If the schools and universities don’t offer what you need to learn, it’s time to explore other ways of learning what is really necessary.
Why are we here?
The current education system is redundant, outdated, discriminating and exploitative by its very nature. And we mean it.
1. The Design of our Great Education System
The current factory education system was designed to serve the needs of British colonies in different parts of the world. In the context of India, the only way for Britishers to rule the people from such a rich and spiritual civilisation was to cut them from their cultural roots. By imposing a foreign language, and making it seem superior to the mother tongue of thousands of Indians, the British successfully colonised the minds of Indians. They established universities and schools that teach western history, languages and cultures with no regard for the context and culture of the learner. And to date we continue to do so. Quite a few of us still want to send our children to convent schools where they begin their day by praying in a foreign language.
Macaulay- the designer of the current education system Quoted:
It is, I believe, no exaggeration to say that all the historical information which has been collected from all the books written in the Sanscrit language is less valuable than what may be found in the most paltry abridgements used at preparatory schools in England. In every branch of physical or moral philosophy, the relative position of the two nations is nearly the same.
2. Real learning takes place on the Job!
The pedagogical approach widely used to teach is Chalk and Talk — a passive teaching style where teacher talks and students listen. Questions are rarely appreciated. Students waste pages and pages copying assignments and mugging concepts developed a century ago that finds no practical application today. Ask anyone where they learnt what they know? And you’ll hear something like : On the job, by doing it, from my peers.
People learn on their job. It’s a malpractice that a student has to pay a hefty fee to colleges, where they do not teach anything meaningful to their students. And companies have to pay salaries to train these graduates.
3. Student-Debt is for real!
Each year we produce thousands of unemployable engineers. The few who are employable choose to work at financial banks, run businesses, or apply for civil services. Only 8% of the engineers are employable for core engineering. With other undergraduate degrees (medicine being an exception), the story is even starker. A vast majority of youth end up with an unusable degree(which comes with a debt)
The employability of Indian engineers continues to be painfully low with more than 80% engineers unemployable for any job in the knowledge economy, reveals Aspiring Minds’ National Employability Report.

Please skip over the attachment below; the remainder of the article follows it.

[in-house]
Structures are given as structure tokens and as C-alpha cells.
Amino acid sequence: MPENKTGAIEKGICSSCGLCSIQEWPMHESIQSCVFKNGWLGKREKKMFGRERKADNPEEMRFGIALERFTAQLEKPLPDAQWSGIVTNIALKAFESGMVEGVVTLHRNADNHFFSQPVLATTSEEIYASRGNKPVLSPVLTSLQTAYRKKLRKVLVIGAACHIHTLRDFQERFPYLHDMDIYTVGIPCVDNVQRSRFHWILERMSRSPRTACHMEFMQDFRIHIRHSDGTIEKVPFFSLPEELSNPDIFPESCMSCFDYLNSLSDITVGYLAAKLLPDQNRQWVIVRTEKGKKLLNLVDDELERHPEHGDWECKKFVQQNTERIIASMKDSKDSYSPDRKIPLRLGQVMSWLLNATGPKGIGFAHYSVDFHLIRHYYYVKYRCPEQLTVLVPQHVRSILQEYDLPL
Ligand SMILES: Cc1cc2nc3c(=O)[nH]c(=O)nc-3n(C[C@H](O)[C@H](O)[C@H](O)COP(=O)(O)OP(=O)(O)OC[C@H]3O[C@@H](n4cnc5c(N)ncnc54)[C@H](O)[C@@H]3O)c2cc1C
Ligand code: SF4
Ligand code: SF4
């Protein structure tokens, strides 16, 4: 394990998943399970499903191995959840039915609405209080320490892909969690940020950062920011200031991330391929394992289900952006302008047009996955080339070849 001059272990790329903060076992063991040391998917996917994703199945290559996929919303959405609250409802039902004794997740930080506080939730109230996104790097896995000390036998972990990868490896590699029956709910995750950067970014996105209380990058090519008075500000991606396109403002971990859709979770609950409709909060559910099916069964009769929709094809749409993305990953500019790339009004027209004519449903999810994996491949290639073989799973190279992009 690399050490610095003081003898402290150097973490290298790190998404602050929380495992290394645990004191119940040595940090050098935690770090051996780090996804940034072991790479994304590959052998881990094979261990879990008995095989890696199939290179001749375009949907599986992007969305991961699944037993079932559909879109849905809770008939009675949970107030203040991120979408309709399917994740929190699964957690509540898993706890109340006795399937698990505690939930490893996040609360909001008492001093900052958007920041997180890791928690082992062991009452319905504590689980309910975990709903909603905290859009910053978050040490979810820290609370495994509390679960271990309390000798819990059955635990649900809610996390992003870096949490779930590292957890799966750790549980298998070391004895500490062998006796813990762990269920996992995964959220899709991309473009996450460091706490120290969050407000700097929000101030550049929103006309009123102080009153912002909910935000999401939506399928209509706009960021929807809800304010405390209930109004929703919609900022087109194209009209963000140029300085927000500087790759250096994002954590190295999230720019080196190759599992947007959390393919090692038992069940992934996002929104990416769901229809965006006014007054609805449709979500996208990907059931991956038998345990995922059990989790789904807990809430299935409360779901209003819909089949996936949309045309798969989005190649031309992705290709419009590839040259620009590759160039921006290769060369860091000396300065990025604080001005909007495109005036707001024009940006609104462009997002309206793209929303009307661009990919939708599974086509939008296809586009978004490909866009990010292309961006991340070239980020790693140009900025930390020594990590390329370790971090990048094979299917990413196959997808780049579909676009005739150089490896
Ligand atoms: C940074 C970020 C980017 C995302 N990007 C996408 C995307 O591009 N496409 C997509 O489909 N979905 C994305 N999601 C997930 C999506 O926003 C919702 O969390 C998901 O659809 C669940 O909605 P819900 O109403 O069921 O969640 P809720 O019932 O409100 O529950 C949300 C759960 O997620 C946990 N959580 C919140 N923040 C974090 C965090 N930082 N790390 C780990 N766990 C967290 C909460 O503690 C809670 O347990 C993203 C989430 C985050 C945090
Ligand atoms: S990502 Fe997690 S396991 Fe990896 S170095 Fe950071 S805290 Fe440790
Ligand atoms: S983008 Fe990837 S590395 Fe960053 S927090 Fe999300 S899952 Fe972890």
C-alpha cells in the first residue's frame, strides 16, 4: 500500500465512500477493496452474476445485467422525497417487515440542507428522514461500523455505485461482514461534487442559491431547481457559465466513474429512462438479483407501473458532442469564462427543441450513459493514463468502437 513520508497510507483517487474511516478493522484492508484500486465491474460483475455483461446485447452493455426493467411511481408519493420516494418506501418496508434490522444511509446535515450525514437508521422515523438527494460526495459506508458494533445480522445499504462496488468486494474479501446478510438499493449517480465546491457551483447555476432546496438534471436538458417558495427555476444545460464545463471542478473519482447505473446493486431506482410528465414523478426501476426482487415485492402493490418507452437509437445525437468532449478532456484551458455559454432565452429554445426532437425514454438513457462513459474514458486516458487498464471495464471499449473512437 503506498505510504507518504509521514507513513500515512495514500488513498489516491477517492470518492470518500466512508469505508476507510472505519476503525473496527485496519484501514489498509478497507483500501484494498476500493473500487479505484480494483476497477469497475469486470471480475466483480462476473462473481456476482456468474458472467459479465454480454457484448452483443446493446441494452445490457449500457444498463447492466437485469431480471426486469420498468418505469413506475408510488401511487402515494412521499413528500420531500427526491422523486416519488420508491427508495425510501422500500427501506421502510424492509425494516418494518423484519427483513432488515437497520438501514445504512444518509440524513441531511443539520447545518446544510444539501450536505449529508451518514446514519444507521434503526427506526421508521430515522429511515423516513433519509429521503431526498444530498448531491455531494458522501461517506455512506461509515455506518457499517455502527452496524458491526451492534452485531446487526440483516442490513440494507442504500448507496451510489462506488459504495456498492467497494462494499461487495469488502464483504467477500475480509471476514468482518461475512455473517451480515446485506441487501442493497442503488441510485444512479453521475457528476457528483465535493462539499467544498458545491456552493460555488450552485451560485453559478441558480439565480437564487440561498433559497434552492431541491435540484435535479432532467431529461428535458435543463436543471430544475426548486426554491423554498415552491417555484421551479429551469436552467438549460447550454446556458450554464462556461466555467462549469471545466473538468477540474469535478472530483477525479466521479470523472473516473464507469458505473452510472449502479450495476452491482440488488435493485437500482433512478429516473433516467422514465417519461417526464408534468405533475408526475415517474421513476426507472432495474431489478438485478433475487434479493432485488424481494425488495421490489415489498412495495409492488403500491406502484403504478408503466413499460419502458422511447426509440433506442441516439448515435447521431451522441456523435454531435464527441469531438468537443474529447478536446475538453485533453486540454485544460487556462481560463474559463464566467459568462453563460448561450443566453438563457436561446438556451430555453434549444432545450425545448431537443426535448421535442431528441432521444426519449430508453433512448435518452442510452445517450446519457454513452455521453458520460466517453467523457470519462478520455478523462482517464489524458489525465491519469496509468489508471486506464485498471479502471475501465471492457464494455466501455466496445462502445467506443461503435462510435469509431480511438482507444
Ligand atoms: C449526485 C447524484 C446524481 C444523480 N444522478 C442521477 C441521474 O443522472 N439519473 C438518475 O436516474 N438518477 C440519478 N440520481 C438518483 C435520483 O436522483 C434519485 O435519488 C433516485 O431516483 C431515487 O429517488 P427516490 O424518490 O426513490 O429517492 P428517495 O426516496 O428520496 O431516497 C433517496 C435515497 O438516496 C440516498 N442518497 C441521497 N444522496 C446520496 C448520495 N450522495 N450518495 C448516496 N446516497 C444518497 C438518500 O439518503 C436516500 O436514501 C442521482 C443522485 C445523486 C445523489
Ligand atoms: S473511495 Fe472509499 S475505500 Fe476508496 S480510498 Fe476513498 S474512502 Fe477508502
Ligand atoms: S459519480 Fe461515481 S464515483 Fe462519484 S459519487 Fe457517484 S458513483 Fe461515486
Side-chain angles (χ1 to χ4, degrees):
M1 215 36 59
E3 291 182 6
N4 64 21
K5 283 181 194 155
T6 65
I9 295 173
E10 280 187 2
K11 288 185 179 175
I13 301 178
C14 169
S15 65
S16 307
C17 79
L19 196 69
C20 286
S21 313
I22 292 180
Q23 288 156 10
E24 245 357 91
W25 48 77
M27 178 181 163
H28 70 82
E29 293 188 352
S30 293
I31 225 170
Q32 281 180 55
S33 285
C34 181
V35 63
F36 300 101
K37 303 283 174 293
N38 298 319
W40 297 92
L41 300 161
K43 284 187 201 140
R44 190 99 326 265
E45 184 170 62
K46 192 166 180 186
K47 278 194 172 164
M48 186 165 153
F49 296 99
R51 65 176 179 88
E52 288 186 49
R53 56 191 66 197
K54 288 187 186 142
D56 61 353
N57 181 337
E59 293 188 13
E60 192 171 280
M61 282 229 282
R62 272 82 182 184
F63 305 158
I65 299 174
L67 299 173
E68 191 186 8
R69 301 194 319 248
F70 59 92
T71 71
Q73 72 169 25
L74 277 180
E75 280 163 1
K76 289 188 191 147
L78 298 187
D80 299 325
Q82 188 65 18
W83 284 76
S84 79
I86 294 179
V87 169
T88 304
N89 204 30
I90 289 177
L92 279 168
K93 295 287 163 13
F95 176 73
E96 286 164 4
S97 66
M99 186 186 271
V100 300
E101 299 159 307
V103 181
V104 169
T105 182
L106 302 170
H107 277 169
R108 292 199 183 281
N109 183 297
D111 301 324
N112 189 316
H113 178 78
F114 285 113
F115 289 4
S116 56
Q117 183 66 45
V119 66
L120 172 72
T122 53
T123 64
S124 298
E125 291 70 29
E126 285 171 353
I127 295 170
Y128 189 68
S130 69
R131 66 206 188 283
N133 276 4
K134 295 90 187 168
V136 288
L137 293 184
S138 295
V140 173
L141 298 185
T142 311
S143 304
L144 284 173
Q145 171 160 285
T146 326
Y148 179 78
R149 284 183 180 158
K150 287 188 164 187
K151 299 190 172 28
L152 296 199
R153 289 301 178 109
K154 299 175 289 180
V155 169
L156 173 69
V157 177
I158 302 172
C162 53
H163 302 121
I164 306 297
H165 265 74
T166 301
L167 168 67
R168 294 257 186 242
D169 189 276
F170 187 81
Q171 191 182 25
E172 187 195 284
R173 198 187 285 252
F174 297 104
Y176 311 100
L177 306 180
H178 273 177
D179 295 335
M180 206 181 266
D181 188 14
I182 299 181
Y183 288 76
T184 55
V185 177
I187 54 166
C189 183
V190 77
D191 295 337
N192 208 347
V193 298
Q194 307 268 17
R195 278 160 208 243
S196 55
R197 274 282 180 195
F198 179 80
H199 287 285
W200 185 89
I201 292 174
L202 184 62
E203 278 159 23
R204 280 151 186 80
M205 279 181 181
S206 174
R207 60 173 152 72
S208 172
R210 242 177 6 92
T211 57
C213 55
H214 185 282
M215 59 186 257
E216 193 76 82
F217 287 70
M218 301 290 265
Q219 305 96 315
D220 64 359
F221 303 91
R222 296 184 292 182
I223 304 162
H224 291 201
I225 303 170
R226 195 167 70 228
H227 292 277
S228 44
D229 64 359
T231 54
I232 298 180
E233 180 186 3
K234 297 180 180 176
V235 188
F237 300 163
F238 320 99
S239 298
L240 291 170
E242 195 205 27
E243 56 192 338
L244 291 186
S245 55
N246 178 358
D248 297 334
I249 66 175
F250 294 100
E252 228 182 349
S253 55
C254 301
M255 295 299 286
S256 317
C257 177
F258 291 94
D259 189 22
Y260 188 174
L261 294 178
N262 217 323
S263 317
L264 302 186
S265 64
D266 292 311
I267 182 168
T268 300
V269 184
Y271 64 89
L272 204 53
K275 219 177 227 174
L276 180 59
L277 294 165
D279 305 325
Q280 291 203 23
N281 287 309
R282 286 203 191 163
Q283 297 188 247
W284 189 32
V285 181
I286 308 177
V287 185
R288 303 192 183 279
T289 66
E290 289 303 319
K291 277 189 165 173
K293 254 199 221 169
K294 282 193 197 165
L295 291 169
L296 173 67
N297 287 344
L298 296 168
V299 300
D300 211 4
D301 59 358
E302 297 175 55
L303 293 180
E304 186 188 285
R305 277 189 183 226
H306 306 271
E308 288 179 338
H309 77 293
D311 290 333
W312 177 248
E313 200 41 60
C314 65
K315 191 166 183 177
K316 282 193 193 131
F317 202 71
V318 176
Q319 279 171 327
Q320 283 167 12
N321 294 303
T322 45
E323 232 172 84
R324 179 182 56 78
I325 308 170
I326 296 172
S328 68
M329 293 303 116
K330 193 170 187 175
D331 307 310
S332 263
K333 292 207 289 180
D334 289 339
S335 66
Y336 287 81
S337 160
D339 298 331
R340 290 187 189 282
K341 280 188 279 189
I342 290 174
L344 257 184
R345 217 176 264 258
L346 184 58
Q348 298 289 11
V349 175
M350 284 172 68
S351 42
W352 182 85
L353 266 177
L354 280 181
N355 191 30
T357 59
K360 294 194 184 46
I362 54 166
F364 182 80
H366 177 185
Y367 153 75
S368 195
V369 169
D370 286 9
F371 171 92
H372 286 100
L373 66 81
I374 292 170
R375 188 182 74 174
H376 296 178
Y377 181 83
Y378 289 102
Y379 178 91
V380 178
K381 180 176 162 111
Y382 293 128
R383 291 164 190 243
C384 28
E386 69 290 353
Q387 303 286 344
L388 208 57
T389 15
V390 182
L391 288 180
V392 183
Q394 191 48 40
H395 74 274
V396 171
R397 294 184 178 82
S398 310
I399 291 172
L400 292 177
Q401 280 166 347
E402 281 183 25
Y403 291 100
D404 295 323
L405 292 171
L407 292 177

4. Education is a pill that doesn’t work!
Here is some data that shows that 5% of the children have college degrees. And the majority of them are still unemployable. According to another global survey, 85% of the people actually hate their jobs. So you can do the math, it adds up to .045% people who actually like what they do. Rest of human creativity and potential is just lost.
As per the 2011 Census, about 8.15% (98.615 million) of Indians are graduates
Education thrives on human fear and not on the results it produces.
The fear of being left behind — A fear created by fake advertising and narratives.
5. English is not our mother tongue
We as a nation value the ability to speak English over any other skill. And in this process we cut our children from the indigenous wisdom of Science, Math, ancient literature and so much more. Several studies show that people learn best in their native languages. Undue importance given to English makes it extremely hard for the majority of children to learn even the simplest of concepts. At the same time, it limits their interaction with a large majority that doesn’t speak English.
6. We Never prepared them for Democracy! We were so busy jumping the hoops
We kill creativity in schools by putting our children under immense pressure of a curriculum that we as children also could never fully understand. Even today we fail to find the relevance of the what is being taught. Children learn one subject after another with no time left to go deep into any one subject/topic/interest. We train them to live in a dictatorship for 17 years of their lives where someone else (school and parents) decides their entire time-table.
7. Where do we learn labelling?
We measure our children’s worth on the basis of the marks they get in a few subjects. In this process we not only put them in a race but also create biases in their minds. Anyone who has gone to school knows that there are three categories of students in each class: toppers, the average and the backbenchers. This develops a certain kind division between children, and thus sows the seeds of discrimination at a very early age.